Canopy Goh Yew Lin


Python Sighting

Spotted  on the 16th June Sunday Heritage Tour by brownie Steven Toong, in Hill 4, a beautiful  python.

(photo by Steven Toong)





Save the Dogs!

Puppy at Bukit Brown (Photo: Rosalind Tan)


(Photo: Save Our Street Dogs SOSD)


On behalf of these sentient creatures, we reproduce this eye-witness account and plea for the lives of the wild dogs of Bukit Brown:


“I cannot believe what just happened. We are here at Bukit Brown, assessing the situation before we start sterilization ops.As I followed the sound of barking into the woods, I suddenly hear weak whining. There, between my feet, is a trembling puppy, painfully skinny, covered in ants and dirt. Her teeth shows she is abt 4-6wks old, but she is the size of a peanut.

She had left her pack, maybe in search of food, maybe in search of a better life.. Or maybe she was just lost.

The poor dogs in bukit brown are all painfully thin. This girl ate up all the kibbles we gave her. Maybe it was good karma in her previous life, but she will never have to suffer the daily pain and agony which her pack has suffered; the painful hunger of never having enough to eat, or the terrible life of being witch hunted everyday of her existence.”

~ Dr Siew Tuck Wah

A complaint by a cyclist ( who was chased by a pack of stray dogs means that the dogs there are the next on the chopping board. Singapore’s insatiable appetite for culling animals will claim these lives next. “I would like to see the authorities round up the dogs. You can’t just let wild dogs run around terrorising people, so the AVA should try to catch them.” Again, these are innocent dogs who made the mistake of trying to protect what they think is their territory by chasing a cyclist. And by doing that, slapped a death warrant over their heads. Is it fair? We do not think so.
Editor’s note:
All Things Bukit Brown volunteers have this to say: We have guided at Bukit Brown, through the kampung where there are a pack of dogs. Show them respect by giving them a wide berth and not threaten their habitat, and they leave you alone. They bark loudly to defend their turf. We also move in groups, our pack in their eyes, and they give us a wide berth. We have not had any incident guiding there even among the dogs. There was once 14 of us were lost in Lau Sua due to a fallen tree diverting our descend. It was then that the dogs nearby sensed our distress and starting barking to guide us out. As we followed their barking to climb out of the thick undergrowth, we saw them lined up in a row down the hill to show us the path. We believe they knew we needed help and helped us out. They kept their distance once we were safely out.
No doubt the cyclist had a nasty experience by his account but others have had pleasant ones. This is our account, and a plea to try to respect their way of life, and keep them and us safe too.
Conservation is not done in bits and pieces. We must take the whole. The dogs have been there a long time, and their parents before them. They are part of the whole. Spaying them may be a good solution. Culling isn’t.


Clouded monitor lizard (possibly Varanus bengalensis nebulosus) on tembusu tree, Bukit Brown. Spotted by Lai Chee Kien with the help of Angie Ng.

Monitor lizard (Photo: Lai Chee Kien)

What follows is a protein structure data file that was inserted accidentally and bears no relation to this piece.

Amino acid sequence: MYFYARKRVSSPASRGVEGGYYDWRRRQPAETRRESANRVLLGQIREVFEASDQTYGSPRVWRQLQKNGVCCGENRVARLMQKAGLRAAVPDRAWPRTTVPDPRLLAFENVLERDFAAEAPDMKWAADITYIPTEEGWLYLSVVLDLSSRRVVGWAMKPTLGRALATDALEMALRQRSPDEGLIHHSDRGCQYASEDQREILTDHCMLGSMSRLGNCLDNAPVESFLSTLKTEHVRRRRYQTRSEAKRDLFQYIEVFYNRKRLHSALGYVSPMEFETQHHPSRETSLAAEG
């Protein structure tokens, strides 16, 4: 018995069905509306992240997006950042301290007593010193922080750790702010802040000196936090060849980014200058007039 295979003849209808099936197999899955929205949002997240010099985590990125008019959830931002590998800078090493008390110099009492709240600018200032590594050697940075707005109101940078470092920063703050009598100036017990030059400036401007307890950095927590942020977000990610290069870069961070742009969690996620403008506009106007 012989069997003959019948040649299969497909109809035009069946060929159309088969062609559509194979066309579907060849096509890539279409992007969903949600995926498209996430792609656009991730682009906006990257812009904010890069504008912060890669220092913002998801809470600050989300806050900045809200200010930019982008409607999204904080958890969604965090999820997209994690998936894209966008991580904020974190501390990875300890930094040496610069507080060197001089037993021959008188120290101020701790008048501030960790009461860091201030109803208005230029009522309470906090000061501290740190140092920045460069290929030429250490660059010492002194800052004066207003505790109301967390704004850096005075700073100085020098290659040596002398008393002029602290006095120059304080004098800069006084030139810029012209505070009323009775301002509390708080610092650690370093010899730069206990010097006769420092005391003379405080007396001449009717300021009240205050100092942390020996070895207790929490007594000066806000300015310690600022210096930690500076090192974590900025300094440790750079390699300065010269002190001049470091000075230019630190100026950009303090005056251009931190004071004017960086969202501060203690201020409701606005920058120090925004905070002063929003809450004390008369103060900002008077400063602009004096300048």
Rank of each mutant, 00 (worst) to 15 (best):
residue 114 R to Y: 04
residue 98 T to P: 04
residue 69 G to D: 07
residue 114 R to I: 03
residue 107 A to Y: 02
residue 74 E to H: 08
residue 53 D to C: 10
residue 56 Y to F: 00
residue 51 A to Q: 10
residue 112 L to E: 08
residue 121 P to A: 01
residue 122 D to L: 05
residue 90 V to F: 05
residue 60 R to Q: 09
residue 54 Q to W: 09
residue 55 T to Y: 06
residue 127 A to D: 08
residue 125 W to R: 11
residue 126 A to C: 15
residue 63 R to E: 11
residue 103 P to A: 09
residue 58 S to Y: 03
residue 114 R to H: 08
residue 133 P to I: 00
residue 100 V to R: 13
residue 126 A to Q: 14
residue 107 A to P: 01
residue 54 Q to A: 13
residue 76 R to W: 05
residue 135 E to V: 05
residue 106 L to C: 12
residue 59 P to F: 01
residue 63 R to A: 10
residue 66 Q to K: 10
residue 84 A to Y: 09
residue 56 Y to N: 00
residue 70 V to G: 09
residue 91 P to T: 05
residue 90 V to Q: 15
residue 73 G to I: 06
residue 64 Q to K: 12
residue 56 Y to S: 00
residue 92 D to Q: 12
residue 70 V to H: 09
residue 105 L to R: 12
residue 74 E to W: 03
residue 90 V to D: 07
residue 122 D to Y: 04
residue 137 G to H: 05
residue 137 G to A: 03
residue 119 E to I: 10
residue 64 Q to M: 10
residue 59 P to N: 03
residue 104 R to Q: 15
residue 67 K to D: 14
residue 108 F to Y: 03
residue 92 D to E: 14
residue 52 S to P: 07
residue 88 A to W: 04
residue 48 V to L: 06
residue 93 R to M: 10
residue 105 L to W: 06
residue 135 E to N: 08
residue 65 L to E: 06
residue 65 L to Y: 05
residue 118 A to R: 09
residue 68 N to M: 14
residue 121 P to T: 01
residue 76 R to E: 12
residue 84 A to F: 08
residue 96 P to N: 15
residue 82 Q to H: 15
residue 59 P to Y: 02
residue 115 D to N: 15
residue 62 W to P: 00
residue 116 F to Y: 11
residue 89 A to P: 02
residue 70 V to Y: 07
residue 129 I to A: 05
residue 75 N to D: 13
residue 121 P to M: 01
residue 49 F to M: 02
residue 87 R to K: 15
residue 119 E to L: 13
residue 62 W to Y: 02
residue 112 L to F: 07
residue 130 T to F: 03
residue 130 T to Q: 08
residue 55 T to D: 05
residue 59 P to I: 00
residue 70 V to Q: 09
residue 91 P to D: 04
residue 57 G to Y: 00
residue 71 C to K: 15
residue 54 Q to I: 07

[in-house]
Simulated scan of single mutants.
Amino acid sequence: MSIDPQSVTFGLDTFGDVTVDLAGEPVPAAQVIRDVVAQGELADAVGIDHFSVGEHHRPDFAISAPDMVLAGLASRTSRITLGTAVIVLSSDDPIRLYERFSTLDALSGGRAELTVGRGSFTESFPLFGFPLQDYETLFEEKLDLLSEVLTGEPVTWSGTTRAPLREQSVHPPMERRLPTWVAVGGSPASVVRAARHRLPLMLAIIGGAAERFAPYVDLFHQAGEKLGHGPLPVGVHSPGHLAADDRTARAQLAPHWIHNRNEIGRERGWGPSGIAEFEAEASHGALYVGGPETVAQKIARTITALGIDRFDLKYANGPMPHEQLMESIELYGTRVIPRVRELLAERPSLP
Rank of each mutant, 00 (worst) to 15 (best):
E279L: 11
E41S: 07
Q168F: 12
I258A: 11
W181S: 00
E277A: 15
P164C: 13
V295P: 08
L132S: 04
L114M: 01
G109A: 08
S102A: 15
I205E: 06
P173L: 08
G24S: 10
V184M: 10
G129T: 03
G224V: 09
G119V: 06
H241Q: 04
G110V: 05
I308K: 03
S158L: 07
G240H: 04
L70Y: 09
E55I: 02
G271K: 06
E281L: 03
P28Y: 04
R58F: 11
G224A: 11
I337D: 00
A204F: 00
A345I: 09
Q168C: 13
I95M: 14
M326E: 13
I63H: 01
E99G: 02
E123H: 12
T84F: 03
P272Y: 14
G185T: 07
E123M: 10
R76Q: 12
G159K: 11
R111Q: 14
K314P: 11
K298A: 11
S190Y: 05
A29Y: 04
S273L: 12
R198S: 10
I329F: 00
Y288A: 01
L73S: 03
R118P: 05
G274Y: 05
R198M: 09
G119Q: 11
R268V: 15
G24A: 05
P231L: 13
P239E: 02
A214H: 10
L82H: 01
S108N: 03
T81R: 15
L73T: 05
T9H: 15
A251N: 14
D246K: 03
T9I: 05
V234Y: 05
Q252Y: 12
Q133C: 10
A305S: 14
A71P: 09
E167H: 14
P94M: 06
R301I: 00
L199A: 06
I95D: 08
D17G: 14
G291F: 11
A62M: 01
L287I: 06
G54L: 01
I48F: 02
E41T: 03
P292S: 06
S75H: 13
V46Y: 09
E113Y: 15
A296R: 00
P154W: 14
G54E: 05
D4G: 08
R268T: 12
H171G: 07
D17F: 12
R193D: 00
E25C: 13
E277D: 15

Strike a pose!


Close-up: Clouded monitor lizard (Photo: Lisa Ridings)


Reptile Sightings


cobra? (Photo- Raymond Goh)


Monitor Lizard (Photo: Claire Leow)


Monitor Lizard (Photo: Claire Leow)


Can City Cemeteries be Nature Reserves? BBC reports.


Butterflies at BB

Snap shots of  butterflies at Bukit Brown courtesy of Victor Yue and EiLeen Ong. There is a   Chinese belief that  butterflies at cemetery are signs  ancestors are around and happy for the company.

More information on butterflies spotted in Singapore can be found by joining this  group Butterflies of Singapore and Malaysia


Black-veined Tiger, uncommon in Singapore(photo Victor Yue)


common mormon, mimic of common rose (photo Eileen Ong)


Common Birdwing (photo EiLeen Ong)




Bird Watching at BB

On Sunday 26 August, Nature Society of Singapore led a bird watching walk through Bukit Brown. Thanks to Cuifen, NSS member for compiling this album on highlights from the wal kwith additional photos from her fellow bird watcher, Leng Leng.  Enjoy!


They came armed with ‘scopes and binos, cameras and the naked eye (photo Cuifen)


View into a scope. Lesser coucal spreading its wings, and sunbathing in the waterlogged fern area. The bird looks much clearer & closer when viewing directly into the scope (photo Cuifen)


Laced woodpecker sitting on a ‘nest’ of African tulip flowers. Photo taken by fellow bird watcher, Leng Leng.


Can you spot the baby monitor lizard? (photo Cuifen)


A starburst orchid. A rare sight! Photo taken by fellow bird watcher, Leng Leng.


With the Hungry Ghost festival on, maybe some pickings for the birds, after the “ghosts” have feasted of course (photo Cuifen)


Mornings are family strolls with the dog as well (photo Cuifen)


(photo Cuifen)


Collared Kingfisher. Photo taken by fellow bird watcher, Leng Leng



Don’t miss this video of a nightjar and its nestling! Here’s one of woodpeckers.

Birds, Flowers and More – this shows you not only the real birds and flowers but the tomb decorations depicting birds and flowers

Here’s a look at a pangolin



A Nature Ramble – this helps identify some plants at Bukit Brown

Beyond Grave Matters – this is a beautifully written commentary and event report by Rosalind Tan, whose ancestors lie at Bukit Brown







Birds Galore at Qing Ming

Photo essay by Suki Singh

Kingfisher (Photo: Suki Singh)


A staring incident…?


Birds at Qing Ming (Photo: Suki Singh)


Might be more than he can chew….


Birds at Qing Ming (Photo: Suki Singh)


This looks like a good place to nest, this pigeon seems to think …


Birds at Qing Ming (Photo: Suki Singh)


Not so fast, says the mynah.


Birds at Qing Ming (Photo: Suki Singh)


The glossy starlings move in too….


Birds at Qing Ming (Photo: Suki Singh)


The glossy starling gets argumentative with the mynahs.


Birds at Qing Ming (Photo: Suki Singh)



Suki is an avid photographer and the honorary Sikh guard among the volunteers of Bukit Brown, affectionately known as Brownies.

Suki and Shetland pony (photo: Claire Leow)


December 2017